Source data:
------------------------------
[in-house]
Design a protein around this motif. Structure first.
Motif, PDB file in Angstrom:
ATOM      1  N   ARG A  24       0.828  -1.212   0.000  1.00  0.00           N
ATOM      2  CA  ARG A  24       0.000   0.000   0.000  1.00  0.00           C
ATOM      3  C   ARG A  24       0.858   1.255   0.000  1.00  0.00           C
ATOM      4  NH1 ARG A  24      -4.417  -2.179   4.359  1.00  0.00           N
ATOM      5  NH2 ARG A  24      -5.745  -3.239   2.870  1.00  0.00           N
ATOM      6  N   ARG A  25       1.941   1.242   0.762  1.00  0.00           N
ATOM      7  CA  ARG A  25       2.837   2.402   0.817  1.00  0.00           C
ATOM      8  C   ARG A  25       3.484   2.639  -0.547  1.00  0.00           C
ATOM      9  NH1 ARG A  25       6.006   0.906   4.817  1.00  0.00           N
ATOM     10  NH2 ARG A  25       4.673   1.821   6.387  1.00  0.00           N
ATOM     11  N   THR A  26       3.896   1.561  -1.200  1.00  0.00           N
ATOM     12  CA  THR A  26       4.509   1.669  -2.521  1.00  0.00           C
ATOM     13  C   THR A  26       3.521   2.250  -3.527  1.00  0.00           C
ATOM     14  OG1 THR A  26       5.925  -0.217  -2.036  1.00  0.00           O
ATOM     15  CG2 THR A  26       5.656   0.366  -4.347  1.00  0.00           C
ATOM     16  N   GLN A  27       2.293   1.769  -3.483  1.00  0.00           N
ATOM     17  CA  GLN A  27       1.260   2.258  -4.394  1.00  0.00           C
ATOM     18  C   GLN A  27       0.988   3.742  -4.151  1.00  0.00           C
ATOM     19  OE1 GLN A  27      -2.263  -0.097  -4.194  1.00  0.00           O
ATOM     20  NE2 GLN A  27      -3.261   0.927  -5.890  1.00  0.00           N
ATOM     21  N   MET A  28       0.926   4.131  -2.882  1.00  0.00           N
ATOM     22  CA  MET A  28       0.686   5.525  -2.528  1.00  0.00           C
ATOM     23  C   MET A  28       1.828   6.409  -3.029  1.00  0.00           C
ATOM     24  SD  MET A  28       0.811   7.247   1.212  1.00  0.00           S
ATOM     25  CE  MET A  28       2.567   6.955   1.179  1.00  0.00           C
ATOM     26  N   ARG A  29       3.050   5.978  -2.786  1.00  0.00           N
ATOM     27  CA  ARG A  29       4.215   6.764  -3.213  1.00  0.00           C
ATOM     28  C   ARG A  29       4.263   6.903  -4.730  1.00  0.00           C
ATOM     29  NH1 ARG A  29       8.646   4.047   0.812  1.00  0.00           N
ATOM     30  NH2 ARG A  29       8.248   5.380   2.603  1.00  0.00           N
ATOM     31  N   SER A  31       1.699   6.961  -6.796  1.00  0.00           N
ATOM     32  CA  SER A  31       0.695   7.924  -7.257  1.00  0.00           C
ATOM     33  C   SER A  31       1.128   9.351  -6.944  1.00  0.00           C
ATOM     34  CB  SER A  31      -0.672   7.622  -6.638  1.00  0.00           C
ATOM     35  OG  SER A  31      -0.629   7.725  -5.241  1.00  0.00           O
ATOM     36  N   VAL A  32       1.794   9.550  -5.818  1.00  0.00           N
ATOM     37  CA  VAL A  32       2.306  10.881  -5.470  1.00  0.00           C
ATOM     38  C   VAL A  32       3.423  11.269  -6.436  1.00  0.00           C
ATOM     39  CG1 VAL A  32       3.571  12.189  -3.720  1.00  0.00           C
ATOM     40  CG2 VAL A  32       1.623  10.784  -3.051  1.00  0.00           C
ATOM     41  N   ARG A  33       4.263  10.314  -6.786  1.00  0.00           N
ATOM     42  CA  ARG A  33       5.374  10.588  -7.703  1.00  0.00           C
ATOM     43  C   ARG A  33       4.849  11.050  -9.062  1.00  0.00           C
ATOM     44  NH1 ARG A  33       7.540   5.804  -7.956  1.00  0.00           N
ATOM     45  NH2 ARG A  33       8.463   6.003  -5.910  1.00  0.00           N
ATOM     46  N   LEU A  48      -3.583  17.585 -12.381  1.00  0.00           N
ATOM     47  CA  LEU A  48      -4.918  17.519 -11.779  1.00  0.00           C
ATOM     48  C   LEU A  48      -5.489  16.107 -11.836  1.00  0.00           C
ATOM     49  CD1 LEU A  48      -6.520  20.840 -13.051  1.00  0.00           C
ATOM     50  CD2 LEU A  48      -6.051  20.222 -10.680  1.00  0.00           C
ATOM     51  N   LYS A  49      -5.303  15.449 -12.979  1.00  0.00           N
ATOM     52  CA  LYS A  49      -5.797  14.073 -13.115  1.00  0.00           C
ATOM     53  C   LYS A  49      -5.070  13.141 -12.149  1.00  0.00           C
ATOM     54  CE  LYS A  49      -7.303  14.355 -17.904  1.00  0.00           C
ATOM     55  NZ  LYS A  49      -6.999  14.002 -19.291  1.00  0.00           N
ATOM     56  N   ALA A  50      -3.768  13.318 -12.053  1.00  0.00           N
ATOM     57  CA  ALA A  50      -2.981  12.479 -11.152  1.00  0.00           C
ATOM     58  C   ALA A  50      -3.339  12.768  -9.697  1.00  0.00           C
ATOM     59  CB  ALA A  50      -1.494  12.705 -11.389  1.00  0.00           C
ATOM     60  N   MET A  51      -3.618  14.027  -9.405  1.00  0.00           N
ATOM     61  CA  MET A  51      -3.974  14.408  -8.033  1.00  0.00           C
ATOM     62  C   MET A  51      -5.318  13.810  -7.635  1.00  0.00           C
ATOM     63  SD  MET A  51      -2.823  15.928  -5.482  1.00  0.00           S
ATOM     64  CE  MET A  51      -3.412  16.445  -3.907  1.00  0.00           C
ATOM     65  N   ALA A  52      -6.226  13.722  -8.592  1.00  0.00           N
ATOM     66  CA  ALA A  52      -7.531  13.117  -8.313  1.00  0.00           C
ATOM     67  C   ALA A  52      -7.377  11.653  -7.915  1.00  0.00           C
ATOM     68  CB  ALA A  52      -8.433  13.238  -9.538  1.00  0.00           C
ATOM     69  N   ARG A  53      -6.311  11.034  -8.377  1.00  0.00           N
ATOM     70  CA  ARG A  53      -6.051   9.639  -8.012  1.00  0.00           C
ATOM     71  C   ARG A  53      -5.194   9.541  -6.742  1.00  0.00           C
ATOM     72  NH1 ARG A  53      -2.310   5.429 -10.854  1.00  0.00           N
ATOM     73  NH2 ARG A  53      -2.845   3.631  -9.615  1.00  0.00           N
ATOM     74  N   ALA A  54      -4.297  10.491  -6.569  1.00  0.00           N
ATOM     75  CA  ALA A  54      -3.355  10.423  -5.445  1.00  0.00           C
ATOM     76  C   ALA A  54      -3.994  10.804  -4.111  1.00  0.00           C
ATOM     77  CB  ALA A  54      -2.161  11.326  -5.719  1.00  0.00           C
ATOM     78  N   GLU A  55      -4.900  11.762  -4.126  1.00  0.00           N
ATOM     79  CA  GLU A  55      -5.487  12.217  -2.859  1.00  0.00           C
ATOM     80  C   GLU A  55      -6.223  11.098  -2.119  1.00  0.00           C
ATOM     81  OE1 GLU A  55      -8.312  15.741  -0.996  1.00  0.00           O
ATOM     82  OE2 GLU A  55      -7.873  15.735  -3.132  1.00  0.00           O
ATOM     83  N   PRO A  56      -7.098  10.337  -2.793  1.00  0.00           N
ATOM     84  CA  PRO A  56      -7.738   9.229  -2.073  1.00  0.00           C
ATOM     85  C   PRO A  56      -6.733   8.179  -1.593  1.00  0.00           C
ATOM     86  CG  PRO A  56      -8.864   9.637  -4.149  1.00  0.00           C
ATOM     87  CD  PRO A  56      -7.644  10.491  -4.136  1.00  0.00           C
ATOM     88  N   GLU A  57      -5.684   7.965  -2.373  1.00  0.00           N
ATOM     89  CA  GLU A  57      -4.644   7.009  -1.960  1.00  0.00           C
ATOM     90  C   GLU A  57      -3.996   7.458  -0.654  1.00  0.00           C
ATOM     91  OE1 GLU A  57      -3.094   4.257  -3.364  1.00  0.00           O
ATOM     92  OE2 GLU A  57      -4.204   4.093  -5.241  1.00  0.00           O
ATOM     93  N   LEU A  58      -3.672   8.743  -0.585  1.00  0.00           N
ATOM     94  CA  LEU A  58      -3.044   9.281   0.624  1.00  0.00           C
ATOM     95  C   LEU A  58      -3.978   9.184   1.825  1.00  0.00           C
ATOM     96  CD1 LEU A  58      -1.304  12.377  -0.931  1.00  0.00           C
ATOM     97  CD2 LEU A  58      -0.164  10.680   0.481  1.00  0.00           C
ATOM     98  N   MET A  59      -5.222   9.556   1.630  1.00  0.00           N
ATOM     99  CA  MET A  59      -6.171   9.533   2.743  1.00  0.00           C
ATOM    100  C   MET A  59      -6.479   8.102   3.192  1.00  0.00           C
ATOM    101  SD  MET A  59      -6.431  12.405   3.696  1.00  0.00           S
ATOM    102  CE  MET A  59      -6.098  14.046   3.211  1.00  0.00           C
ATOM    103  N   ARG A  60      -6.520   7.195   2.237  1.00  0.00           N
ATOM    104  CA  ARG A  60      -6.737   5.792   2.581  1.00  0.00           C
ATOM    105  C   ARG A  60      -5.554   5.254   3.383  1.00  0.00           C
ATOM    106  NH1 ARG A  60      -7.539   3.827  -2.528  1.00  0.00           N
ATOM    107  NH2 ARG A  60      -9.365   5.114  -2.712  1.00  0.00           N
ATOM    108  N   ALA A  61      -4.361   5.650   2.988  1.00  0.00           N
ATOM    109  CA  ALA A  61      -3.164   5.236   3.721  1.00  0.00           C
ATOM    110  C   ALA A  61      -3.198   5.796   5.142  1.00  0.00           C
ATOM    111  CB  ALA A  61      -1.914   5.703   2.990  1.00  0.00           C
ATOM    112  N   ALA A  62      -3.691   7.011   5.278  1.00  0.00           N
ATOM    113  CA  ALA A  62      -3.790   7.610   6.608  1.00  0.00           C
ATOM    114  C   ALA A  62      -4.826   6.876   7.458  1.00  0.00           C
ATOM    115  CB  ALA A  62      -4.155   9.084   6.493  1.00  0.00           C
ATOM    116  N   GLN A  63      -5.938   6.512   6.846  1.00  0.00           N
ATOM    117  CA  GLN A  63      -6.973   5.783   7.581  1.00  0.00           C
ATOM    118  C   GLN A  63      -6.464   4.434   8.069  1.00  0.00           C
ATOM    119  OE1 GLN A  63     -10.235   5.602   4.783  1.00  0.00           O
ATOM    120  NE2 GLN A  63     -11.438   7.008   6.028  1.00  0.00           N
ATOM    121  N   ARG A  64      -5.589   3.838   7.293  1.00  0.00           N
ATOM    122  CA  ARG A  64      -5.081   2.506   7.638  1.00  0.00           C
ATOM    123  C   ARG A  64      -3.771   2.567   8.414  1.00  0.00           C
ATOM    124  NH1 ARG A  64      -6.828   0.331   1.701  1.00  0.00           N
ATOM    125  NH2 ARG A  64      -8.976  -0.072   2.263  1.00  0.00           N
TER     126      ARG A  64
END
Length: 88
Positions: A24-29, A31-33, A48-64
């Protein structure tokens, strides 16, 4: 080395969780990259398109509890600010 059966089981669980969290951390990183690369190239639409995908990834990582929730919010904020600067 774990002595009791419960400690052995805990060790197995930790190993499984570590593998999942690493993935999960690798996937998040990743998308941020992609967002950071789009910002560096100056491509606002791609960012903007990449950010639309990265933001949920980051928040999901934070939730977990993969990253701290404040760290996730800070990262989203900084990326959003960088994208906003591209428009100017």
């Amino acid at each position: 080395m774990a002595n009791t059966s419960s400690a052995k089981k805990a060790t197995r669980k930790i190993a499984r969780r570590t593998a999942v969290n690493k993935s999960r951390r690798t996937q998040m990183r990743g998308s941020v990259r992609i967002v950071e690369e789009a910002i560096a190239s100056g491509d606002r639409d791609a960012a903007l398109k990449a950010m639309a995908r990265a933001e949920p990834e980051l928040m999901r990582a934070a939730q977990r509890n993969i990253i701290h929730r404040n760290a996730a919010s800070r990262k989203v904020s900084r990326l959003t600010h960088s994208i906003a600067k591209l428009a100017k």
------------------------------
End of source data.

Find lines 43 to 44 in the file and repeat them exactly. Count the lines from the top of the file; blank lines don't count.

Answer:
ATOM     40  CG2 VAL A  32       1.623  10.784  -3.051  1.00  0.00           C
ATOM     41  N   ARG A  33       4.263  10.314  -6.786  1.00  0.00           N